Annja Creed is brought in by her police detective friend as a consultant on a murder that included a missing historical artifact. She starts followingAnnja Creed is brought in by her police detective friend as a consultant on a murder that included a missing historical artifact. She starts following the track of the small jade elephant from New York to Ukraine, Russia, Japan and finally Cambodia. Along the way, she is accompanied by a charming Russian mobster, and hunted by a Cambodian monk and a Portuguese billionaire with a super assassin.
I could have done without the fact that the detective has lost a fiancée, upped the romantic tension (sigh), and was almost insultingly protective considering his knowledge of Annja's history (at least she doesn't stand for that last part).
But if I was judging based just on the story, I would give this installment of the series four stars. But the sloppy editing knocked it down a star.
1) On one page, the other host of Annja's television show is called Kristie (the usual spelling), then Christie. Sloppy, and should have been caught. 2) In one sentence, the word tucked was used twice. Clunky writing, and the sentence could have been easily rephrased to avoid the duplication. 3) On arriving in Japan, Annja is greeted by the professor they are meeting as 'Creed-chan'. Seriously? Chan is what you call a child, a girlfriend, or someone you are implying is *far* below you. To quote one website, "The only women who are straight out called -chan by strangers are those who are there to 'entertain' their clients (sexually or otherwise) - such as 'club hostesses', 'maids' in anime cafes, and so on". He should have called her Creed-san.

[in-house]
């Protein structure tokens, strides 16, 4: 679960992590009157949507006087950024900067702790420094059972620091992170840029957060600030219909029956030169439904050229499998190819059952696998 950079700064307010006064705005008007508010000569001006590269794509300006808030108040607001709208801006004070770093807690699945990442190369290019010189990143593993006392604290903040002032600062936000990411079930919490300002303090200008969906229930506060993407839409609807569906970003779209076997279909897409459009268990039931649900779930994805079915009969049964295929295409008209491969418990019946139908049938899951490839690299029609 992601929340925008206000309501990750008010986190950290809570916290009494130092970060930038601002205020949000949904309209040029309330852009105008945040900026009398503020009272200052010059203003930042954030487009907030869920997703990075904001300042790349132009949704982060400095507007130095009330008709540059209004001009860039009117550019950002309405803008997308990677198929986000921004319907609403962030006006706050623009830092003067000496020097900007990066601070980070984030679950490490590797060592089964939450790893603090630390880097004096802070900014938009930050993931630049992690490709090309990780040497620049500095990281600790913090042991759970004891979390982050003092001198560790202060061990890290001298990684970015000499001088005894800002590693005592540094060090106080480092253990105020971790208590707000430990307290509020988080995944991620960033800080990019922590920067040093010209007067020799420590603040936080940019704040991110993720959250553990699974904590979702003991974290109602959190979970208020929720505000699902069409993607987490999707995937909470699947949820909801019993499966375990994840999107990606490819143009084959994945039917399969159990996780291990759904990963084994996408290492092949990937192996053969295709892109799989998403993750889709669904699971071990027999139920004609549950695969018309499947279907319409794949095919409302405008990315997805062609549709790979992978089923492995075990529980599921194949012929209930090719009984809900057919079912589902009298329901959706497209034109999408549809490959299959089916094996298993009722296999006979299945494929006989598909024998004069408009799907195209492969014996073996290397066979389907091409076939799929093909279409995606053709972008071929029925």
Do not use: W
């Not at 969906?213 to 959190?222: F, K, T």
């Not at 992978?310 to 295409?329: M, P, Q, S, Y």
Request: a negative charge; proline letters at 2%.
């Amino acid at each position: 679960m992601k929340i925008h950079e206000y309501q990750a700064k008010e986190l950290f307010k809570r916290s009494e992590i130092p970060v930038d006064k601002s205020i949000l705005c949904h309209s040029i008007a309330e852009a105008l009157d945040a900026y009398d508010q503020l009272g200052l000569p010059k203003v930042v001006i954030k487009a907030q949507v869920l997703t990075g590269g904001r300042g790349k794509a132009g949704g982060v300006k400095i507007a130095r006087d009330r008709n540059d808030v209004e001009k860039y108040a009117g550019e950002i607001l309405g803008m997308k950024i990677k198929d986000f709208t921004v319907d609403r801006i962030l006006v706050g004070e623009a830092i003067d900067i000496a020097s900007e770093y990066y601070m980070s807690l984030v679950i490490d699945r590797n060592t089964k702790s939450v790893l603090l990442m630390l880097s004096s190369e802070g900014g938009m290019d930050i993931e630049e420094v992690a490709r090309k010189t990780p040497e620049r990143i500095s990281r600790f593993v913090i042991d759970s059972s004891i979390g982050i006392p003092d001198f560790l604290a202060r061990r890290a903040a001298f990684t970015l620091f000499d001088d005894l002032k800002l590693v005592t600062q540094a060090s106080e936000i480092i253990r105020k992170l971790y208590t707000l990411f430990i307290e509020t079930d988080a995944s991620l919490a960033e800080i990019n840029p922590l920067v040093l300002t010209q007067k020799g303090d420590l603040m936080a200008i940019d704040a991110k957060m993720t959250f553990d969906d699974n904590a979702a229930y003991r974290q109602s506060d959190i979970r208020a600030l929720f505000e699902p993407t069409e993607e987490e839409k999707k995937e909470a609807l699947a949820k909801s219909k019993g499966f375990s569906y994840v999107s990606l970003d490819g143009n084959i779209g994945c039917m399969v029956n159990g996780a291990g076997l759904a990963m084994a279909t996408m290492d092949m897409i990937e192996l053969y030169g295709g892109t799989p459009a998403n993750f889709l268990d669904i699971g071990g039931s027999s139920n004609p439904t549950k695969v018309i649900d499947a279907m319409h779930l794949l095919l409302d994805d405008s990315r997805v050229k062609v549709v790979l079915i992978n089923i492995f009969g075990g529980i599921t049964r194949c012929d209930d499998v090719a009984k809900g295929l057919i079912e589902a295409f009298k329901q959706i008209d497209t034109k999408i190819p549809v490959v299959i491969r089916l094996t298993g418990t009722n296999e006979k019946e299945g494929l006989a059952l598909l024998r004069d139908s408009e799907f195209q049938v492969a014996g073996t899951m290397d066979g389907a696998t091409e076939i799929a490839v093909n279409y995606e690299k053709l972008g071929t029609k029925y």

By the time I hit the third item (and was incredibly insulted on the character's behalf), I was wondering if anyone actually *had* edited the book. A great pity, since I really enjoyed the story, especially the character Klykov. ...more
In a world where magic is governed by various heavenly bodies (if your magic is tied to a specific satellite, it is stronger when the body is ascendanIn a world where magic is governed by various heavenly bodies (if your magic is tied to a specific satellite, it is stronger when the body is ascendant, and fades away when it is descendant), the mysterious Oma is returning earlier than expected. This body last came around two thousand years earlier, bringing disaster and destruction with it. And now the rumblings are coming of an invasion from an alternate dimension
The Mirror Empire was a fascinating exercise in world-building. It took a while to get a handle of the environment (walking trees, riding bears and dogs, etc) and the political/religious setups (the Dhai follow a religious leader -- the Kai -- and ritualistically eat their dead, the Dorinah are ruled by and Empress, and men are basically kept in harems, weak and beautiful, and the Saiduan follow a Patron, who is replaced when someone kills him, which also leads to every one of his children and other family being killed as well).